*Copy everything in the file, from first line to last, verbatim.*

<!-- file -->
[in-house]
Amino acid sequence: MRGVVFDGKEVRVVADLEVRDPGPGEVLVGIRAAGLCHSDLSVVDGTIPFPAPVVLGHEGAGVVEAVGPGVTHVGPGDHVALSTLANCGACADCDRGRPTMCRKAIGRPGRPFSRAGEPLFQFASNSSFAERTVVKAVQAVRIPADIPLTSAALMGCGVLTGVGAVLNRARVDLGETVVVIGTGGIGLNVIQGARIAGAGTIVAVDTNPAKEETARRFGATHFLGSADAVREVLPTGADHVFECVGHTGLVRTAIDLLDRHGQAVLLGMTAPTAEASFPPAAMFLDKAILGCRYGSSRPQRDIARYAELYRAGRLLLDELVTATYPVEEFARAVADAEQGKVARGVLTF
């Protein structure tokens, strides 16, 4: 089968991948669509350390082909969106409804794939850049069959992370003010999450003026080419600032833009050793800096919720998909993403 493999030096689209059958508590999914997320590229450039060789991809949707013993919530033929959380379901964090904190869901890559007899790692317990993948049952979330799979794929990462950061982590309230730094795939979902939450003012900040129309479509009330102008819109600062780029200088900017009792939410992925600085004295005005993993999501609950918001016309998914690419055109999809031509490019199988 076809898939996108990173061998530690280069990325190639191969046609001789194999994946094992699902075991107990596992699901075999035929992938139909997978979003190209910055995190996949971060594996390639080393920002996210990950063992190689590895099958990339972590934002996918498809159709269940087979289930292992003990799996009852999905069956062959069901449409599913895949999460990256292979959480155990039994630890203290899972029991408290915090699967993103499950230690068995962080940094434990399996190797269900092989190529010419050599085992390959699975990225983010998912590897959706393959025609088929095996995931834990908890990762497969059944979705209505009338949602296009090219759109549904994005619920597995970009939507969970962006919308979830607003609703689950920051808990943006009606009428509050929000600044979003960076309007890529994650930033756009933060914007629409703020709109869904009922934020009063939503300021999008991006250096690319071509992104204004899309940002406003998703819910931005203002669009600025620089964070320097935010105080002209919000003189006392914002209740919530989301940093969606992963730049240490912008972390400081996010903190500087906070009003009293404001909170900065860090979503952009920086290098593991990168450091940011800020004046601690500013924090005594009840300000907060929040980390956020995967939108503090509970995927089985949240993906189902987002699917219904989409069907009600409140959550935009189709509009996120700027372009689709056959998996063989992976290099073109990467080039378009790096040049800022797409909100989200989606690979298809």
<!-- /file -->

[in-house]
Amino acid sequence: MRGVVFDGKEVRVVADLEVRDPGPGEVLVGIRAAGLCHSDLSVVDGTIPFPAPVVLGHEGAGVVEAVGPGVTHVGPGDHVALSTLANCGACADCDRGRPTMCRKAIGRPGRPFSRAGEPLFQFASNSSFAERTVVKAVQAVRIPADIPLTSAALMGCGVLTGVGAVLNRARVDLGETVVVIGTGGIGLNVIQGARIAGAGTIVAVDTNPAKEETARRFGATHFLGSADAVREVLPTGADHVFECVGHTGLVRTAIDLLDRHGQAVLLGMTAPTAEASFPPAAMFLDKAILGCRYGSSRPQRDIARYAELYRAGRLLLDELVTATYPVEEFARAVADAEQGKVARGVLTF
């Protein structure tokens, strides 16, 4: 089968991948669509350390082909969106409804794939850049069959992370003010999450003026080419600032833009050793800096919720998909993403 493999030096689209059958508590999914997320590229450039060789991809949707013993919530033929959380379901964090904190869901890559007899790692317990993948049952979330799979794929990462950061982590309230730094795939979902939450003012900040129309479509009330102008819109600062780029200088900017009792939410992925600085004295005005993993999501609950918001016309998914690419055109999809031509490019199988 076809898939996108990173061998530690280069990325190639191969046609001789194999994946094992699902075991107990596992699901075999035929992938139909997978979003190209910055995190996949971060594996390639080393920002996210990950063992190689590895099958990339972590934002996918498809159709269940087979289930292992003990799996009852999905069956062959069901449409599913895949999460990256292979959480155990039994630890203290899972029991408290915090699967993103499950230690068995962080940094434990399996190797269900092989190529010419050599085992390959699975990225983010998912590897959706393959025609088929095996995931834990908890990762497969059944979705209505009338949602296009090219759109549904994005619920597995970009939507969970962006919308979830607003609703689950920051808990943006009606009428509050929000600044979003960076309007890529994650930033756009933060914007629409703020709109869904009922934020009063939503300021999008991006250096690319071509992104204004899309940002406003998703819910931005203002669009600025620089964070320097935010105080002209919000003189006392914002209740919530989301940093969606992963730049240490912008972390400081996010903190500087906070009003009293404001909170900065860090979503952009920086290098593991990168450091940011800020004046601690500013924090005594009840300000907060929040980390956020995967939108503090509970995927089985949240993906189902987002699917219904989409069907009600409140959550935009189709509009996120700027372009689709056959998996063989992976290099073109990467080039378009790096040049800022797409909100989200989606690979298809």